US Pullout Ends Negotiations for Biological Weapon Inspections

Tasneem Jamal Conventional Weapons

The Ploughshares Monitor September 2001 Volume 22 Issue 3

The same week in July that the US withdrew from the Kyoto Protocol on climate change, the Bush administration told a lower profile international meeting in Geneva that it would not support a protocol intended to strengthen the Biological Weapons Convention (BWC – the full name of the convention is “Convention on the Prohibition of the Development, Production and Stockpiling of Bacteriological [Biological] and Toxin Weapons and on their Destruction”). Unlike their counterparts in Bonn, however, who agreed without the US to a treaty regulating greenhouse gases, the Geneva delegates suspended discussions on measures to verify compliance with the BWC shortly after the US withdrawal. The abandoned talks ended six years of negotiations, and left future efforts to improve the effectiveness of the BWC uncertain.

The Biological Weapons Convention, approved in 1972 and ratified by 143 countries, including the United States, has never had a mechanism to verify compliance with the treaty, unlike the parallel Chemical Weapons Convention. The “Protocol to strengthen the effectiveness and improve the implementation of” the BWC, intended to correct this problem, has been under negotiation by the Ad Hoc Group of States Parties to the BWC since 1995, shortly after Iraqi arsenals discovered in the wake of the Gulf War raised international concern about biological weapons. During its mandated period, the Ad Hoc Group met 24 times to hammer out a 210-page document covering the details of an on-site inspections regime which would be applicable to all treaty signatories.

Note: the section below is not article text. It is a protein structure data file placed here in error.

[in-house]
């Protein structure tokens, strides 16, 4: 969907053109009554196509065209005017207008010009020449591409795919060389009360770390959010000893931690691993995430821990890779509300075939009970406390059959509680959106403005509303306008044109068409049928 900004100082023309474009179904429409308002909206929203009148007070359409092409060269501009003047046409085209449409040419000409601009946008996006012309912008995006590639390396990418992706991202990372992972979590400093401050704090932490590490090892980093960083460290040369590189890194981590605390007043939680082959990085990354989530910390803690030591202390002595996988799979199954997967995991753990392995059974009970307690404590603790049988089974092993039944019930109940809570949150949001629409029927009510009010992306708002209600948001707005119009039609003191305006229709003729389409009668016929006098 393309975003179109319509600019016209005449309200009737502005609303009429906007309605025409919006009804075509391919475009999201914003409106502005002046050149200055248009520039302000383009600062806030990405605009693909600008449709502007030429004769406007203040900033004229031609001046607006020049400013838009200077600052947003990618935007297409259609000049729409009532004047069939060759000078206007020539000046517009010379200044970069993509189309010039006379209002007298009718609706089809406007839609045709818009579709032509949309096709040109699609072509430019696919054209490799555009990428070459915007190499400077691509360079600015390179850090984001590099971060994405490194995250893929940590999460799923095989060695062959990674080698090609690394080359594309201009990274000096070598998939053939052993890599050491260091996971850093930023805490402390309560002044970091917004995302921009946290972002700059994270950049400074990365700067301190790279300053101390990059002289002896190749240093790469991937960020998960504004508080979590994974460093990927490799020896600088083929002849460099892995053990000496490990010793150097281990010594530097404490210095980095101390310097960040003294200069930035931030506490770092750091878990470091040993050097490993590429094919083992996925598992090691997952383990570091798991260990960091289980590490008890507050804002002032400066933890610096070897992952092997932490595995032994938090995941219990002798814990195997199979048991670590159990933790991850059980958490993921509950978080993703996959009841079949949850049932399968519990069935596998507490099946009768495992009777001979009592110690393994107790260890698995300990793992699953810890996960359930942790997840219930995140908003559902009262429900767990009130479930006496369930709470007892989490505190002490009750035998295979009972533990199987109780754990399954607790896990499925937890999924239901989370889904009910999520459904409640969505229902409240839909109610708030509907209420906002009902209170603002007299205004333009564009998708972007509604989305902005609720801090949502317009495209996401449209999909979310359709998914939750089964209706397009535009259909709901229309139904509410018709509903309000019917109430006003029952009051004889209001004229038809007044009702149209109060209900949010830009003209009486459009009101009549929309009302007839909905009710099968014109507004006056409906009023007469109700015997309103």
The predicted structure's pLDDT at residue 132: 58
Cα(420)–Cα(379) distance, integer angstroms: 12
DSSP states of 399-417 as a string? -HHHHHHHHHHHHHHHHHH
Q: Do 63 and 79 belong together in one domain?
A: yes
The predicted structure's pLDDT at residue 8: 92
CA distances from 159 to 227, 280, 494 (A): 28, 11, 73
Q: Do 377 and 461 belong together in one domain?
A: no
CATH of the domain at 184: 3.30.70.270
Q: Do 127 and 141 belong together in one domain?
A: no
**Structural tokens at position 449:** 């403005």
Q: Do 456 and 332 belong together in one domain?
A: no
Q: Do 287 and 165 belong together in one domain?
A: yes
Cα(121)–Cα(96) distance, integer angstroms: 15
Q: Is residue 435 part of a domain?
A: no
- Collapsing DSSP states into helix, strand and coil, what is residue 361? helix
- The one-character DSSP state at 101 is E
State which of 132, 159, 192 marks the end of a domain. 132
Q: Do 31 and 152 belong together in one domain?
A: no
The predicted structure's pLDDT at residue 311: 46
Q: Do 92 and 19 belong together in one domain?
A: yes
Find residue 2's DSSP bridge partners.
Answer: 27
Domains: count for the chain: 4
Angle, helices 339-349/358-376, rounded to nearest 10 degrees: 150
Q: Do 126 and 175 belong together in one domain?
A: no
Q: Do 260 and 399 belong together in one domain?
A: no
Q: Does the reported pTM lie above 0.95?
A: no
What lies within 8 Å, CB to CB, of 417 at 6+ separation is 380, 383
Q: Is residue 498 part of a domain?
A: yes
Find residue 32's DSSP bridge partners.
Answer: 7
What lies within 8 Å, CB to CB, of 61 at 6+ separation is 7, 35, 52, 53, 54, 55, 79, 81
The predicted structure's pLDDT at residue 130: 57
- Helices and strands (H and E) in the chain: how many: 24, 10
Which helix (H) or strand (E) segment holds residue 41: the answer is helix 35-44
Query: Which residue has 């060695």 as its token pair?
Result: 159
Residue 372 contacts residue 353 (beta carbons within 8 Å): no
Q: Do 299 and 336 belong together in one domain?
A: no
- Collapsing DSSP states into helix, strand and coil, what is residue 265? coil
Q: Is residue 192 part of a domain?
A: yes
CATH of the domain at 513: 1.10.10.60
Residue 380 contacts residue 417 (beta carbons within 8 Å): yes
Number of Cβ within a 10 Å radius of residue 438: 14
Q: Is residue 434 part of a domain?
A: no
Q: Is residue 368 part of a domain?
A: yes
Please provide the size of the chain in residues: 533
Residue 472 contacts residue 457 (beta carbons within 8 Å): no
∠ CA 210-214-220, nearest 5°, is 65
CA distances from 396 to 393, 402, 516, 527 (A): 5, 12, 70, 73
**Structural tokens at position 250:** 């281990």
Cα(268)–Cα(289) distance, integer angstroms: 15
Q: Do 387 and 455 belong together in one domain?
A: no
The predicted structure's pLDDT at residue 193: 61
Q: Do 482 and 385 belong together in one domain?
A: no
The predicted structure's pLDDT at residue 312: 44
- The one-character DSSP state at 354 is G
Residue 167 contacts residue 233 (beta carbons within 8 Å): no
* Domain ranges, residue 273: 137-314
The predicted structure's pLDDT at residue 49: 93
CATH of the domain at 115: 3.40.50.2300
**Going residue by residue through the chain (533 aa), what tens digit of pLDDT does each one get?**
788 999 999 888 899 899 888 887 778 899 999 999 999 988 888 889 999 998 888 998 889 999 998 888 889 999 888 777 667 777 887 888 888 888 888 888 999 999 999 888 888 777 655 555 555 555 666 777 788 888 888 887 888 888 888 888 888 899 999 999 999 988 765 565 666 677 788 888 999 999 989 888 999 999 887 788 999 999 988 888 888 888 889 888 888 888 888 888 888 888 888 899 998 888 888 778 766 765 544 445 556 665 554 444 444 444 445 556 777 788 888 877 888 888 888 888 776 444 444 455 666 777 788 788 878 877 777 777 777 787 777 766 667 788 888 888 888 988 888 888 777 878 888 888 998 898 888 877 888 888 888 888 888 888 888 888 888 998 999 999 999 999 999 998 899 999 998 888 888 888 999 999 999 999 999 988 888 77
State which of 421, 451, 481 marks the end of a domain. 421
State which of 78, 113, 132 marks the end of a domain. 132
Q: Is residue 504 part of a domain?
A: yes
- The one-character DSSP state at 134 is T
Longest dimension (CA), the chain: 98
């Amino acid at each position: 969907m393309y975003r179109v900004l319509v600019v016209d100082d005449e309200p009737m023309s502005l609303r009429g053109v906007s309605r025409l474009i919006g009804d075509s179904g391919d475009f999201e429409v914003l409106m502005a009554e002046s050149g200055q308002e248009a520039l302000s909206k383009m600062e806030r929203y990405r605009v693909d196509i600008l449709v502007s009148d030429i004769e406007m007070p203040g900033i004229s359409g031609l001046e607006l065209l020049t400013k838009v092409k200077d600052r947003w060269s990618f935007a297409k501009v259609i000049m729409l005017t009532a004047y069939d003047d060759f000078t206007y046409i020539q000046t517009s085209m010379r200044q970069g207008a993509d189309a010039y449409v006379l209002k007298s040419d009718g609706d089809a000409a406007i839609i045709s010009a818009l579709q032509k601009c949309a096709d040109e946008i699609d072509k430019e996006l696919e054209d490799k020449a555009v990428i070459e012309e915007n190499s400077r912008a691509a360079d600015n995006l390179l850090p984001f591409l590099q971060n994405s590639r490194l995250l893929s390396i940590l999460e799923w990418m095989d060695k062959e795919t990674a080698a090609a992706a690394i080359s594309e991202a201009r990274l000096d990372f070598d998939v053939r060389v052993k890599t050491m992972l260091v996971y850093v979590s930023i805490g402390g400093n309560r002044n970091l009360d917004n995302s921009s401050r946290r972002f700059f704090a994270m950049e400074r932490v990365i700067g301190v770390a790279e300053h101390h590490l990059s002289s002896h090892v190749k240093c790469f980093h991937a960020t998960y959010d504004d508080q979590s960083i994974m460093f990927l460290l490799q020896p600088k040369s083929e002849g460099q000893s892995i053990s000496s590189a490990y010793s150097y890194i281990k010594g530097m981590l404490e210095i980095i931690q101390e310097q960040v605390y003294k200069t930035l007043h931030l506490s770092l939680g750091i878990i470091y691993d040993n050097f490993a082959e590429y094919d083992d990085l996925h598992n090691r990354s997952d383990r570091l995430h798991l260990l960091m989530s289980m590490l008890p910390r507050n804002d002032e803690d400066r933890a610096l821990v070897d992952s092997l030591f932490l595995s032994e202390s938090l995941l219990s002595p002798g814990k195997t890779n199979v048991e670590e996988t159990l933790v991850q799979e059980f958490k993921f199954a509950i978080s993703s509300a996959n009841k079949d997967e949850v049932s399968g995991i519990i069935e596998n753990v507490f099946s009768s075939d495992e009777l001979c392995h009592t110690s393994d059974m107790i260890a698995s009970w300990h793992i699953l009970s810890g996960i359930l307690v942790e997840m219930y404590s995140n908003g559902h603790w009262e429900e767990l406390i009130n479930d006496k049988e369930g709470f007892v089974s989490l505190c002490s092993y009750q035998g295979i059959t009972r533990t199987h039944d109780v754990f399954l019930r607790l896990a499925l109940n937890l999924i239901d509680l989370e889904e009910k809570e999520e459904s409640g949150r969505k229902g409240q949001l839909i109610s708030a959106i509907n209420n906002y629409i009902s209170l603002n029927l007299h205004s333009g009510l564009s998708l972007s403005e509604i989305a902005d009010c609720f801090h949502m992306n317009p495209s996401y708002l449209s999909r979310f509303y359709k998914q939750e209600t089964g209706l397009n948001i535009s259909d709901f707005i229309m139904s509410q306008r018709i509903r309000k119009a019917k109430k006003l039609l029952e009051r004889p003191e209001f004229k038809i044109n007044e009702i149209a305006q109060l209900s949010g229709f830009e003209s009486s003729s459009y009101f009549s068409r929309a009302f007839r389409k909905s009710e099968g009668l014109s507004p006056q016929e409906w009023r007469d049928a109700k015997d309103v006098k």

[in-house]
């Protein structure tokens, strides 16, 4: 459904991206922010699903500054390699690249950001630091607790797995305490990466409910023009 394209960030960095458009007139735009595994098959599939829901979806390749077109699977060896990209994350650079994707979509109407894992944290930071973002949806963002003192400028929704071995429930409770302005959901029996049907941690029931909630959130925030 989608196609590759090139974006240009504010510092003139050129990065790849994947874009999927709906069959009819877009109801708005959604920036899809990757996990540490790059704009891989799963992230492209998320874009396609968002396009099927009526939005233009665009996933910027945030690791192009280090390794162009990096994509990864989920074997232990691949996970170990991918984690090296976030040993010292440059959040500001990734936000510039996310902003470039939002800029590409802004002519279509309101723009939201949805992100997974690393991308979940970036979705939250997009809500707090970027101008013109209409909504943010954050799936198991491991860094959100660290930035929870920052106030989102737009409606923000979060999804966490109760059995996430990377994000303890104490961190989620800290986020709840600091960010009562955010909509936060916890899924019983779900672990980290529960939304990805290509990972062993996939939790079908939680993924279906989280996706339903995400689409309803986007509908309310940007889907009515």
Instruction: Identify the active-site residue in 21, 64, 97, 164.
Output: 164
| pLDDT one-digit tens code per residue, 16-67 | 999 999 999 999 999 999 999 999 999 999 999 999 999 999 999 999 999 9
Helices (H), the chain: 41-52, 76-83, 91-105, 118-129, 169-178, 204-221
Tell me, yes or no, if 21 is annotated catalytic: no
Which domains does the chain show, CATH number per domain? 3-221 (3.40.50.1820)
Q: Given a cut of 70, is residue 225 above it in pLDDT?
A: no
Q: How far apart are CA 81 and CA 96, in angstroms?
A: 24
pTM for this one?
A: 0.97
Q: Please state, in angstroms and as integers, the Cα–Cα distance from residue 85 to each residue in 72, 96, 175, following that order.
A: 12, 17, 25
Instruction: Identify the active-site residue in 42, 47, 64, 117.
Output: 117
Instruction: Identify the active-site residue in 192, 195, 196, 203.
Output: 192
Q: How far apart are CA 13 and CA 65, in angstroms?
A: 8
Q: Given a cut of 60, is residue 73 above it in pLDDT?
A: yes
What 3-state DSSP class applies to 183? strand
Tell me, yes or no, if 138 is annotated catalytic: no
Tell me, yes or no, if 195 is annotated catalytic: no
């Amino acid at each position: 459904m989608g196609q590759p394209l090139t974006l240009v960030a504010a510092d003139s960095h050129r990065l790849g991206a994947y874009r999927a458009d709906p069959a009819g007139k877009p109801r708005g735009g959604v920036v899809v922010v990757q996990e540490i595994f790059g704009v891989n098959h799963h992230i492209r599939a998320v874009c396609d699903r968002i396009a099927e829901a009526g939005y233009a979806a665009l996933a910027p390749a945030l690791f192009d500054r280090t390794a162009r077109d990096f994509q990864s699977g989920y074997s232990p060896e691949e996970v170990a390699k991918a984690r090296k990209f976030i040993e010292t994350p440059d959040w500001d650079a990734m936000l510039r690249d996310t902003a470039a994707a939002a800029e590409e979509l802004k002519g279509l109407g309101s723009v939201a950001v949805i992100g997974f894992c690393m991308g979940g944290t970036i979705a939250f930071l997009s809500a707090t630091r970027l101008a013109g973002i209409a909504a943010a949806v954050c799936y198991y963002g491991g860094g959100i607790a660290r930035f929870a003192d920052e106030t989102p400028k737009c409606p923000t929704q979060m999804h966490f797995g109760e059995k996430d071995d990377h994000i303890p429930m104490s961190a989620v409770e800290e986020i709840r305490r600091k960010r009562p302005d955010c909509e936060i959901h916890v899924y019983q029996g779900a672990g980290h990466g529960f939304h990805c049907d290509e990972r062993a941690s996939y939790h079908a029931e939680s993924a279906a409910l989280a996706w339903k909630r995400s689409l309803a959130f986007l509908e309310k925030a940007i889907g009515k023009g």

US objections included concerns that the draft Protocol was not strong enough to prevent “rogue states” from circumventing the BWC. In keeping with a domestic industry bias, the US government also objected to perceived risks of inspection measures that it said could jeopardize confidential business information and intellectual property rights. Critics of the US position pointed to a contradiction in its “not strong enough” but “too strong” argument and the US was not willing to respond to requests for alternative Protocol text.

Meanwhile, advocates of the Protocol emphasize the urgent need to respond to rapid changes in biotechnology which could foster biological weapons proliferation. The degree of agreement on the draft Protocol beyond the US suggests that the treaty may still be salvageable without US participation. The next opportunity to negotiate the Protocol will occur in November when the states parties to the BWC meet for another Review Conference.

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